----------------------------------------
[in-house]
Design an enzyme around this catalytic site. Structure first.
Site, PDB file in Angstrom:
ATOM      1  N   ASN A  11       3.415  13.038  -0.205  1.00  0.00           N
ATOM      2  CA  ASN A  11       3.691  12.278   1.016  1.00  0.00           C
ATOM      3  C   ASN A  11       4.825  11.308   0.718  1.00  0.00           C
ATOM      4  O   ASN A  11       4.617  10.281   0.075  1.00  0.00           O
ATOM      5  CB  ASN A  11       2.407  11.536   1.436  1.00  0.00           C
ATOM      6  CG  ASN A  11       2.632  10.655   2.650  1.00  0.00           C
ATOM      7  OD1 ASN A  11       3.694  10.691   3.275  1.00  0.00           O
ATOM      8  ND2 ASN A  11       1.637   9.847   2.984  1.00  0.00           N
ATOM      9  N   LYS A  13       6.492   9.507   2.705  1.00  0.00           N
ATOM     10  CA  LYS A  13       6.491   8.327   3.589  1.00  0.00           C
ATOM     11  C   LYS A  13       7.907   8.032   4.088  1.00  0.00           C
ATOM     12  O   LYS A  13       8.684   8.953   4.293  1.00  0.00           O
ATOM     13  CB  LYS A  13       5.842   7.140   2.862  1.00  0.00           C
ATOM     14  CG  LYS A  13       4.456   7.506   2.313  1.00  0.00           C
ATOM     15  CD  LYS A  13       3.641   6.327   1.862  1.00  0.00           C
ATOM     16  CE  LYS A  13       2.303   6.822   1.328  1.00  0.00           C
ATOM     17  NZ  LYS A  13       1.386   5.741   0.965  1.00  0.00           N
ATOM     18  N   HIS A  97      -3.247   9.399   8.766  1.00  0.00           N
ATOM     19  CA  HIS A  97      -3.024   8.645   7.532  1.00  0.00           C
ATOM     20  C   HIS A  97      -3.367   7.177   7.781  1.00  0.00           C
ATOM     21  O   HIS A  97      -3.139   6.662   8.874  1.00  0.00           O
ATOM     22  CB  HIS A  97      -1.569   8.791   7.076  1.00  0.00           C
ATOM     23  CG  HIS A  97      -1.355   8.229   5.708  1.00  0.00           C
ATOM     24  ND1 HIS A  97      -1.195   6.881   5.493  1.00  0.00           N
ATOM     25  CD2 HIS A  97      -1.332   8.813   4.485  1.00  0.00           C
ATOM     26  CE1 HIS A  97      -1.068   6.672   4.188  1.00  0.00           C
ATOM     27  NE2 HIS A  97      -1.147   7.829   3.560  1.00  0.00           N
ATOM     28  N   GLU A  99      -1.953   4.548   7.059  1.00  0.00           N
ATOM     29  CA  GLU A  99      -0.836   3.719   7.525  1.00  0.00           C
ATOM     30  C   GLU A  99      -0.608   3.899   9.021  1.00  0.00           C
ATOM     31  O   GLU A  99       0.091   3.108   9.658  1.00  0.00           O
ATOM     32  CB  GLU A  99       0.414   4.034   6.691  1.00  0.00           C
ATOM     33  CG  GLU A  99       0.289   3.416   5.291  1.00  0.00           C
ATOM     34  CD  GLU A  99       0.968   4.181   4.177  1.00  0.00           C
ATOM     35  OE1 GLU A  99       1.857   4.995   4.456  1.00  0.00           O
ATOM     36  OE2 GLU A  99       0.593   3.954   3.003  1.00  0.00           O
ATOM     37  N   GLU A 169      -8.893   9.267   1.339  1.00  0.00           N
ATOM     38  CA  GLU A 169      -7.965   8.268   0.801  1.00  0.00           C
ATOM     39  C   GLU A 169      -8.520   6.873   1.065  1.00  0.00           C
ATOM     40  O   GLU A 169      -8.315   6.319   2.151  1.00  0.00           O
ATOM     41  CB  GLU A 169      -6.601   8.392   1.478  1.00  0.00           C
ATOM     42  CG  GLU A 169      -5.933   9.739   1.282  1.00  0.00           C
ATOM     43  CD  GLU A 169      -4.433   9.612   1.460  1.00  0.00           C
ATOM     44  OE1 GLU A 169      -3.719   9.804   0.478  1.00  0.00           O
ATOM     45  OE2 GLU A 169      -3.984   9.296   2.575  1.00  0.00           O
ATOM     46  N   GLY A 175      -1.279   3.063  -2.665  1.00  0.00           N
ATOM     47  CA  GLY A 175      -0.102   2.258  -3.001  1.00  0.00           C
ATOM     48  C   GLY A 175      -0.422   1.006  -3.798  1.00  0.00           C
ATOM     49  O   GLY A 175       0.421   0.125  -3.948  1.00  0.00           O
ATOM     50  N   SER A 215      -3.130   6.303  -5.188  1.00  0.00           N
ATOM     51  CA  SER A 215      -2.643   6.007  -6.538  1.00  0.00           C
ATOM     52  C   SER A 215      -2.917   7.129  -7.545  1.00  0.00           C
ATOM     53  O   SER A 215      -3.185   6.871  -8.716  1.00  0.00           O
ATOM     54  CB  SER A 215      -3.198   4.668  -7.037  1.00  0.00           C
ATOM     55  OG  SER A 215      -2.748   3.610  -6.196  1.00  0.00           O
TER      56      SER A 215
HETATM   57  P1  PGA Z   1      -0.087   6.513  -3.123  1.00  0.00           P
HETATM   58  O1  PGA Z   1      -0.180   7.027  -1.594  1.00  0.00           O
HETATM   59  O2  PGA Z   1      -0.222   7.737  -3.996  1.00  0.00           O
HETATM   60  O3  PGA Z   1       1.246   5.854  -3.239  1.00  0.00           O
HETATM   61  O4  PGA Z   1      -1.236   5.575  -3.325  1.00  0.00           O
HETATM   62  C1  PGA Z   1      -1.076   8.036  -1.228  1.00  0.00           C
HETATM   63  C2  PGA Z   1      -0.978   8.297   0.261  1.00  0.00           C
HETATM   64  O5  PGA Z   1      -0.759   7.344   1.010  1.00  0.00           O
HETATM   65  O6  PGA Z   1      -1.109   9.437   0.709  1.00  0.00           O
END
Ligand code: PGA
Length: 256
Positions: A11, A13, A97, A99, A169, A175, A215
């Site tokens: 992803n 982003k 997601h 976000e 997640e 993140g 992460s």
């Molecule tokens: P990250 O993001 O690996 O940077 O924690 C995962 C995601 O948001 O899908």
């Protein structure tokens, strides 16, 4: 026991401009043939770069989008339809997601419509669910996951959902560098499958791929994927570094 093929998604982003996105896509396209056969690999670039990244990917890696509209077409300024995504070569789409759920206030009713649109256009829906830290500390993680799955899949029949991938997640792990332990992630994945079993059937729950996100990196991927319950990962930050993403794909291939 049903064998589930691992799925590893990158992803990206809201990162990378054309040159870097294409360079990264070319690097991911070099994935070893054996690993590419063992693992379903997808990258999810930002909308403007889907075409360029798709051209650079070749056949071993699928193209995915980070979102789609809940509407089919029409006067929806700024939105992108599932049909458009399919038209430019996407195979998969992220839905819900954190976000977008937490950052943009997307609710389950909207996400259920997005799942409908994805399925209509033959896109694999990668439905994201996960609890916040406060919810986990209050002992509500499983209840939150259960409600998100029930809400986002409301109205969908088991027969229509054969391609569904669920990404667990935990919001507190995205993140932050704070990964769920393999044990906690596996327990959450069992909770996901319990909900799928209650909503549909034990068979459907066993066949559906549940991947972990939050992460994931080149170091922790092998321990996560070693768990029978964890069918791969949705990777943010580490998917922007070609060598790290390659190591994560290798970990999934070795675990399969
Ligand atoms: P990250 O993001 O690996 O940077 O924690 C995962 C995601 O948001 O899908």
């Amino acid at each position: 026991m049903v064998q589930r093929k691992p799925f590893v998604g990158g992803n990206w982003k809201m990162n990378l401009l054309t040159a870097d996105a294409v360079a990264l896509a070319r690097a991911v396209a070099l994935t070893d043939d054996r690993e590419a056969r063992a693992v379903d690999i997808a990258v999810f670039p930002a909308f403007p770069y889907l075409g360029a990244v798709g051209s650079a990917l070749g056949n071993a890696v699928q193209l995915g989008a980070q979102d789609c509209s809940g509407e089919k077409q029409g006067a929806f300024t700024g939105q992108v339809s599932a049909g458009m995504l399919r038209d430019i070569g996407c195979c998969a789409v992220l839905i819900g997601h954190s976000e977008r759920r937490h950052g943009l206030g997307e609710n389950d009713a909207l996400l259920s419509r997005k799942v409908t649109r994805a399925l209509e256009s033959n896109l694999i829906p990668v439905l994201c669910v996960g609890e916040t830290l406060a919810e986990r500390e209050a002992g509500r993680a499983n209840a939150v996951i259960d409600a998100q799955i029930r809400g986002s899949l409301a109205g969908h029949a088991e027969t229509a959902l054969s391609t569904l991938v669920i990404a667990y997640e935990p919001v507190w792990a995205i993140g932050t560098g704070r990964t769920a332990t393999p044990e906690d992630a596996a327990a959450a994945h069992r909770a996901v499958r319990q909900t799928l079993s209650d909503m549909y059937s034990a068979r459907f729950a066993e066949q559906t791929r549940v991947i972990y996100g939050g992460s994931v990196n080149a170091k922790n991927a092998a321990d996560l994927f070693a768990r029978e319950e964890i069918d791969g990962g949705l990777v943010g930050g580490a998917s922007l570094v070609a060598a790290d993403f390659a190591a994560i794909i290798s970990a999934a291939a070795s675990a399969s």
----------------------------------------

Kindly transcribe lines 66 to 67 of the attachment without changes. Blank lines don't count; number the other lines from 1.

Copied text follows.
HETATM   63  C2  PGA Z   1      -0.978   8.297   0.261  1.00  0.00           C
HETATM   64  O5  PGA Z   1      -0.759   7.344   1.010  1.00  0.00           O